In some yeast strains the mother and daughter cells separate from one another completely, in other strains the cells remain connected to one another and form chains. When the yeast is pitched into fresh wort in the brewery they begin to grow. This growth does not occur at a constant rate but is divided into six phases. 1. Lag Phase - The yeast cells metabolism becomes active, the length of this phase depends on the type of yeast, its age and the conditions within the wort. The lag phase ends with the first cell division. 2. Acceleration phase - The rate of cell division continuously increases. 3. Exponential phase - The growth rate is constant and at a maximum. The cell number doubles every 90 to 120 minutes. 4. Deceleration phase - Because of various factors such as the reduction in the amount of nutrient and the increase in the amount of growth inhibiting products, the lag phase occurs for only a limited time. Then the growth rate gradually decreases. 5. Stationary phase - There is a balance between the number of newly formed cells and the cells which die. 6. Declining phase - In this last phase the rate of cell death exceeds the rate of new cell formation. In brewing yeasts are divided into two major groups - top and bottom fermenting yeasts. ...read more.

Conclusion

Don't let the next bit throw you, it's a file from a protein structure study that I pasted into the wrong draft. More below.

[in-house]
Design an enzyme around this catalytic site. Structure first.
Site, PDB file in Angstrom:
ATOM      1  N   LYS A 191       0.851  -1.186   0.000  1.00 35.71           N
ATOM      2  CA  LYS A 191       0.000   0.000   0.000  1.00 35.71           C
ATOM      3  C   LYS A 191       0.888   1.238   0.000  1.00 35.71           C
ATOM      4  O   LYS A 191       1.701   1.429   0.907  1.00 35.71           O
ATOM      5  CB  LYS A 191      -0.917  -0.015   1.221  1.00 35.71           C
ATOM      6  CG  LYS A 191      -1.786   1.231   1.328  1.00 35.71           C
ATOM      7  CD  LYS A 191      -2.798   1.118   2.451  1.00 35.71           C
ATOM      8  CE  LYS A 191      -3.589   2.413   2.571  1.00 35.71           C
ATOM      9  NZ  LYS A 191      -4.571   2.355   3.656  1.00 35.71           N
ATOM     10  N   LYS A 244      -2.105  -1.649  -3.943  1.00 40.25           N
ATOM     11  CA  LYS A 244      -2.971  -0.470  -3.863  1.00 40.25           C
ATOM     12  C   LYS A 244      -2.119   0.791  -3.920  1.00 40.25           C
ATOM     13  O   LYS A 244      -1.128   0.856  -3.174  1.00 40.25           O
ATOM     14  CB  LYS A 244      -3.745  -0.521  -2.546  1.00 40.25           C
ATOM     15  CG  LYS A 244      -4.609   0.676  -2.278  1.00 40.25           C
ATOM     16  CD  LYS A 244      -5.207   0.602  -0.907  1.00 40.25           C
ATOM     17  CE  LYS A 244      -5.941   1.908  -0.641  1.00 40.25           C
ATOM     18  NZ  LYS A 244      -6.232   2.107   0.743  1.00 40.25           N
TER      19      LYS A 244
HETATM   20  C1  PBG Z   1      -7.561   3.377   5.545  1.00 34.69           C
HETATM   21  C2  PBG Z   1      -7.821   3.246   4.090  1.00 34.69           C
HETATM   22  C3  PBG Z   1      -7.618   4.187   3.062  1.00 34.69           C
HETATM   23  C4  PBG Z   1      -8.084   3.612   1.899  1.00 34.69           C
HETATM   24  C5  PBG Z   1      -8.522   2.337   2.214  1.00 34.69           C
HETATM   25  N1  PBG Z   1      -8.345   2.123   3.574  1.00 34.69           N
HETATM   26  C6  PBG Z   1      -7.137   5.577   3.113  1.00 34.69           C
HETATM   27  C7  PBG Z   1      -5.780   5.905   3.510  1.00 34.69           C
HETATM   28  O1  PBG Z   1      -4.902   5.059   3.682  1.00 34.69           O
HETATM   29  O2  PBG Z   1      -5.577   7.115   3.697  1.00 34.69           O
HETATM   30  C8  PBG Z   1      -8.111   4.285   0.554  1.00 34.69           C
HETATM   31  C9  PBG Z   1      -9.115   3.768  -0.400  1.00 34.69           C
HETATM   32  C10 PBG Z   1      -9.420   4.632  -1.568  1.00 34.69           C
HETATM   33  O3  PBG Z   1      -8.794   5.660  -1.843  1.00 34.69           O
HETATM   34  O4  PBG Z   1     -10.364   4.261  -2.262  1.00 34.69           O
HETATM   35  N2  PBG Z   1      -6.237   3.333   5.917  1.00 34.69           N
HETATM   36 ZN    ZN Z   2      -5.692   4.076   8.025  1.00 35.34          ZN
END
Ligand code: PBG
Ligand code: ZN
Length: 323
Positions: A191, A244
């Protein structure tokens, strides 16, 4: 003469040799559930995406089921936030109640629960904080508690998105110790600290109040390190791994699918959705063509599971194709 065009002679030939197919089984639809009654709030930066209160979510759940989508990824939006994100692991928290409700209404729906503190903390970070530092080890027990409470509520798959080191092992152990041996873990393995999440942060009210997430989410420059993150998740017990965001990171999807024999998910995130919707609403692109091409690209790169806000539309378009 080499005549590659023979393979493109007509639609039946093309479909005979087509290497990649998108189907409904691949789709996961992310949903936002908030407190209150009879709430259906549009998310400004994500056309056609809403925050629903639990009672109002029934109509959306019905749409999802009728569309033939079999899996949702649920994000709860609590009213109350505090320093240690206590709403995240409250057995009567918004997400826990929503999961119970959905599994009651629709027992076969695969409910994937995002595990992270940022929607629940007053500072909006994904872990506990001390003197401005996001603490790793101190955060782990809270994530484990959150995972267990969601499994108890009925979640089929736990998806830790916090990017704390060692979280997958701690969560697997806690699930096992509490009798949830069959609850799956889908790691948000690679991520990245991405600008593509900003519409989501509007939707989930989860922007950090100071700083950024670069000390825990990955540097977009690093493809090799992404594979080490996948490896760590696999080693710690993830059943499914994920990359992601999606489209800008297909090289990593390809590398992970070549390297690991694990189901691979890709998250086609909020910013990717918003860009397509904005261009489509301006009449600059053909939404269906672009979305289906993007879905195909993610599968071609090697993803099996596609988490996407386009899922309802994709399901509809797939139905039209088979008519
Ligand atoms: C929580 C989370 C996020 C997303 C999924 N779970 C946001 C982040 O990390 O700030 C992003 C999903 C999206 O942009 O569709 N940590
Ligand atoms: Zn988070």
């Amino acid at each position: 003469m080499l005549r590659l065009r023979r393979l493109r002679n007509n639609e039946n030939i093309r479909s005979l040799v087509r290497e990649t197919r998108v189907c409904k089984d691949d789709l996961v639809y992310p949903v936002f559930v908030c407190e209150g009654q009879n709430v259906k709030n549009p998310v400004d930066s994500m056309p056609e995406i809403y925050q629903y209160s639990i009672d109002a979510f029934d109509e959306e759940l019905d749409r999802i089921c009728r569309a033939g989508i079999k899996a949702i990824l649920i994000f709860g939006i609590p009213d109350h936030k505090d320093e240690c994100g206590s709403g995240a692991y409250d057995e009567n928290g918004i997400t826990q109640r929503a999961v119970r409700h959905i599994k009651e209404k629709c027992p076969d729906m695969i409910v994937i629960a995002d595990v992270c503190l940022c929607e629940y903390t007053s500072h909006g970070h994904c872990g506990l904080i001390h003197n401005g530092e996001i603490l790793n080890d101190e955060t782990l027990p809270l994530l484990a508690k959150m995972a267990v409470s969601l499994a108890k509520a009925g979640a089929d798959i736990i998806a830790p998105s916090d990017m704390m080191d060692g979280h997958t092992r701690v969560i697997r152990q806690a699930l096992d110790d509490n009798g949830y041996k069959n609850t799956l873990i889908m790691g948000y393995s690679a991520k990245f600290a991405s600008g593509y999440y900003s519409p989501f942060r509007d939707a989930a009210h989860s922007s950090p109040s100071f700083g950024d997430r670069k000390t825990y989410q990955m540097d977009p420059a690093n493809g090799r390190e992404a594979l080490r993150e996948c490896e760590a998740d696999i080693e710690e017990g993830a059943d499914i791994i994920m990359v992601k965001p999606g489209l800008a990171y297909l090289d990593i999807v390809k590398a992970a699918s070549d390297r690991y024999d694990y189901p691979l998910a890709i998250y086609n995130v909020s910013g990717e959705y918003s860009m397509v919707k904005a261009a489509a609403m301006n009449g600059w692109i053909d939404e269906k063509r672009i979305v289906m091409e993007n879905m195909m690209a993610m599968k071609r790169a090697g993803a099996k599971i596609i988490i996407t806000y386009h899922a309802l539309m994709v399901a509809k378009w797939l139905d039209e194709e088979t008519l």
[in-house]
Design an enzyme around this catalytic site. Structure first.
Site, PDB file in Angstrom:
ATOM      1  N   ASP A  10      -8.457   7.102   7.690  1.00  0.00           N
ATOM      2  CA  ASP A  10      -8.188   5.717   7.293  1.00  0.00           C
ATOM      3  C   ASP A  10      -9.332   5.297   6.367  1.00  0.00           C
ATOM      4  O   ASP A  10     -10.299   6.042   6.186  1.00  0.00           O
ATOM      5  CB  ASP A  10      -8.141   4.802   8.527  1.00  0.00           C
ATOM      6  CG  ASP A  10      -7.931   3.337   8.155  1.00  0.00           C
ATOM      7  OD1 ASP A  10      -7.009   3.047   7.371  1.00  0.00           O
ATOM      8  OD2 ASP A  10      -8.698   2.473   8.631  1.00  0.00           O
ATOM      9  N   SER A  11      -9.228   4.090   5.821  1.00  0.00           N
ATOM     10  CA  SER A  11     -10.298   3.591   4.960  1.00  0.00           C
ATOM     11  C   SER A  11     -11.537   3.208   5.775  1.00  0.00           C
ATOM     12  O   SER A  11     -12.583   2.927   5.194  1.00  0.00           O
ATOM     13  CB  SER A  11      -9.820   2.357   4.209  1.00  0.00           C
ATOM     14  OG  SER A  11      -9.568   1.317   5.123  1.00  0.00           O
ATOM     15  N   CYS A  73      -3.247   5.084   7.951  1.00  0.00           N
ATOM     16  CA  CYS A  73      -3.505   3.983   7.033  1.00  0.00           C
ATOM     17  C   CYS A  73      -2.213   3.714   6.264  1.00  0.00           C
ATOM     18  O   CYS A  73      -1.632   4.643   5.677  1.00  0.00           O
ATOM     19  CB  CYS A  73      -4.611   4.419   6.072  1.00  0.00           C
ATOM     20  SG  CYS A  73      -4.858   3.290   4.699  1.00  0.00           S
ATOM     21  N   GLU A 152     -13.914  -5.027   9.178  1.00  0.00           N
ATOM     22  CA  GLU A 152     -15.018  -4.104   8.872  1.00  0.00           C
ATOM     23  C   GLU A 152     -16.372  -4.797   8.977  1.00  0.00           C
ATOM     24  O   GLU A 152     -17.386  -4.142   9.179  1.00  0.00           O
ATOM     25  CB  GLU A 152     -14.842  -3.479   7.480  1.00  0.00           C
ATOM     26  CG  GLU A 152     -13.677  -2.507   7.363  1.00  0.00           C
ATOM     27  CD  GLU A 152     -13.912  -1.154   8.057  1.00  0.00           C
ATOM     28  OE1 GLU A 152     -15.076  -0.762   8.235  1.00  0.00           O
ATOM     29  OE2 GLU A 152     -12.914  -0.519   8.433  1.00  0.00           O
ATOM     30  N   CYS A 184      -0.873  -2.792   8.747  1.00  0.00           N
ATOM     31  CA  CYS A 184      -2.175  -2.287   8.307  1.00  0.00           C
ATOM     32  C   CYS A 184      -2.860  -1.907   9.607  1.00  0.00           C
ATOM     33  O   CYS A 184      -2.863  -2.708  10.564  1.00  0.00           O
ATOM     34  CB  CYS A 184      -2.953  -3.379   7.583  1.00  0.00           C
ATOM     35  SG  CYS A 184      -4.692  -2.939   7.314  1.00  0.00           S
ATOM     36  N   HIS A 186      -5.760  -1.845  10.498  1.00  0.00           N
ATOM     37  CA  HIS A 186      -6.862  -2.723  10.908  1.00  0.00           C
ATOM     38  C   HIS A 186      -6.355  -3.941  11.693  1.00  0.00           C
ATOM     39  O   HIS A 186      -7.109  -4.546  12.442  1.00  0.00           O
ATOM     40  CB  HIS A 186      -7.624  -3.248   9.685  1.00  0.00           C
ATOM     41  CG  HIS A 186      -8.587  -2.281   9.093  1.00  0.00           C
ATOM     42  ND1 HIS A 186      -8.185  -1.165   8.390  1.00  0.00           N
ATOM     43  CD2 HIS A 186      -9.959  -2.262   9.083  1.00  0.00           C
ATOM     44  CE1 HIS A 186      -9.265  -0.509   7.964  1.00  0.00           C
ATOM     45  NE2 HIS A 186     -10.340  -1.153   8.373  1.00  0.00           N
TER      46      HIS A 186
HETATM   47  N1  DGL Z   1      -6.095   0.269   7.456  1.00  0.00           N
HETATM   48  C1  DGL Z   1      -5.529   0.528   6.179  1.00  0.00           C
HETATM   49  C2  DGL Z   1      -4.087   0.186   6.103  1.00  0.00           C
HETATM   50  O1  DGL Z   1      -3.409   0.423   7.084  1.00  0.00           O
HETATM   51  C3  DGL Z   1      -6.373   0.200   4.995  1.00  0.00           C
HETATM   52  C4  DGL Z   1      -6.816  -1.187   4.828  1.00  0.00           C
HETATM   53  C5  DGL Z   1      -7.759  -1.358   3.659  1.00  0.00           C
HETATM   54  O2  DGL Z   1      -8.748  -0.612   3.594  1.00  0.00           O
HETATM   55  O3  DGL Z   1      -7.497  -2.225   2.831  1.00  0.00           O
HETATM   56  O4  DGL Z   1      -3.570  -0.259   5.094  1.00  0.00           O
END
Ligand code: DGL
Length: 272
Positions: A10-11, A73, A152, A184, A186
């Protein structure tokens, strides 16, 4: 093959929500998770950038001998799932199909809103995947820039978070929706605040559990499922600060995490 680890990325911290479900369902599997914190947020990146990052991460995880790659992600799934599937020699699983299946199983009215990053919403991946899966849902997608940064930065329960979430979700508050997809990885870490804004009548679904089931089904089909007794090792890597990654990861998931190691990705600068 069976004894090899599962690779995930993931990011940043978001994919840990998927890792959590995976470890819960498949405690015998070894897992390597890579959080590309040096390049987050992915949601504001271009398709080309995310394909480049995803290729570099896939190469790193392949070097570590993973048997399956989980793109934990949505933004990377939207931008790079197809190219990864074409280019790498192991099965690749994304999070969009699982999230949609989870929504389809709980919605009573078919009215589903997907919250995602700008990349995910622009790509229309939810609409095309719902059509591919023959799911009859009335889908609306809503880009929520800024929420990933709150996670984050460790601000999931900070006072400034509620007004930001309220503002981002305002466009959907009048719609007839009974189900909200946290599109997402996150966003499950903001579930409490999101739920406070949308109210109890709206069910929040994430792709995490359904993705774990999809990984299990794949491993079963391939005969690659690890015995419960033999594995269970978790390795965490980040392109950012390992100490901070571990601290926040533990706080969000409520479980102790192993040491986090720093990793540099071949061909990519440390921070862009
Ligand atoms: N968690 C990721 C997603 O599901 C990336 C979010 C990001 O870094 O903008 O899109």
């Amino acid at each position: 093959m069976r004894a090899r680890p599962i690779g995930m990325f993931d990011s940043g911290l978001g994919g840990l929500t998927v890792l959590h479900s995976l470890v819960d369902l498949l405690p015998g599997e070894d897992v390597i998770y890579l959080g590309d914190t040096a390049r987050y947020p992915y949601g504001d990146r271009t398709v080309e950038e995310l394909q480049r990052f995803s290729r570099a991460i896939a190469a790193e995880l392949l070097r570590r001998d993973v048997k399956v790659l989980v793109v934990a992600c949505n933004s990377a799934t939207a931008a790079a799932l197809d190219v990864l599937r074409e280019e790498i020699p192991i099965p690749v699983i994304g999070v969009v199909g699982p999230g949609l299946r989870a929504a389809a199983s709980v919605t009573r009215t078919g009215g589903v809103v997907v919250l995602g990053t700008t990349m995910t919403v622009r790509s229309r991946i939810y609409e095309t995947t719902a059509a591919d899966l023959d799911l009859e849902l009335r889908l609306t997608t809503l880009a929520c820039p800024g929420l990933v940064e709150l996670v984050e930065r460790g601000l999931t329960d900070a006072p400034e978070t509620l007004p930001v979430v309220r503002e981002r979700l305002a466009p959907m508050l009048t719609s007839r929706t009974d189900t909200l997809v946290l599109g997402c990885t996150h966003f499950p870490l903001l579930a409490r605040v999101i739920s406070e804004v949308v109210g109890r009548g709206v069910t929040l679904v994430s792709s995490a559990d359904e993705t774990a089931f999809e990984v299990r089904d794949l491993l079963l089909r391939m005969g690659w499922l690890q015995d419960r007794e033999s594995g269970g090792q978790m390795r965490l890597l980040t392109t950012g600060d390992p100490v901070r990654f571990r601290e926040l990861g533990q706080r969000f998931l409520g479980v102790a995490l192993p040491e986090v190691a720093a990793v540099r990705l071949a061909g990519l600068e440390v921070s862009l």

If the yeast cells are not going to be used immediately the yeast cells are grown on a solid medium, usually wort agar. The sealed sample is kept in a fridge at 0 oC to 5 oC. The increase in the number of yeast cells is achieved by transferring the vigorously fermenting contents of one vessel into another vessel containing 10 times as much sterile wort. Sterile air or oxygen is bubbled into the wort to maintain the yeast in growth phase rather than fermentation phase. Volumes of wort up to 25 litres can be grown this way, which is sufficient to pitch a 1000 litre brew. The main points of importance with yeast propagation are: * The operation must be performed under sterile conditions right through to pitching the yeast in the brewhouse wort. * Intensive sterile aeration or oxygenation of the yeast is necessary for rapid yeast growth. * Brewing wort should be used for yeast propagation as the hop bittering compounds exert an inhibiting effect on the growth of bacteria. For propagation of a pure culture yeast, cells which have performed well in practice are used. 1. Sterile air filter - allows excess pressure to escape. 2. Sample tap - allows sterile air or oxygen to be bubbled through the wort. 3. Inoculation connection - for adding sterile yeast to wort. Note - The cut away section in the main body of the vessel is to allow a view of the inside and does not exist in the real vessel. ...read more.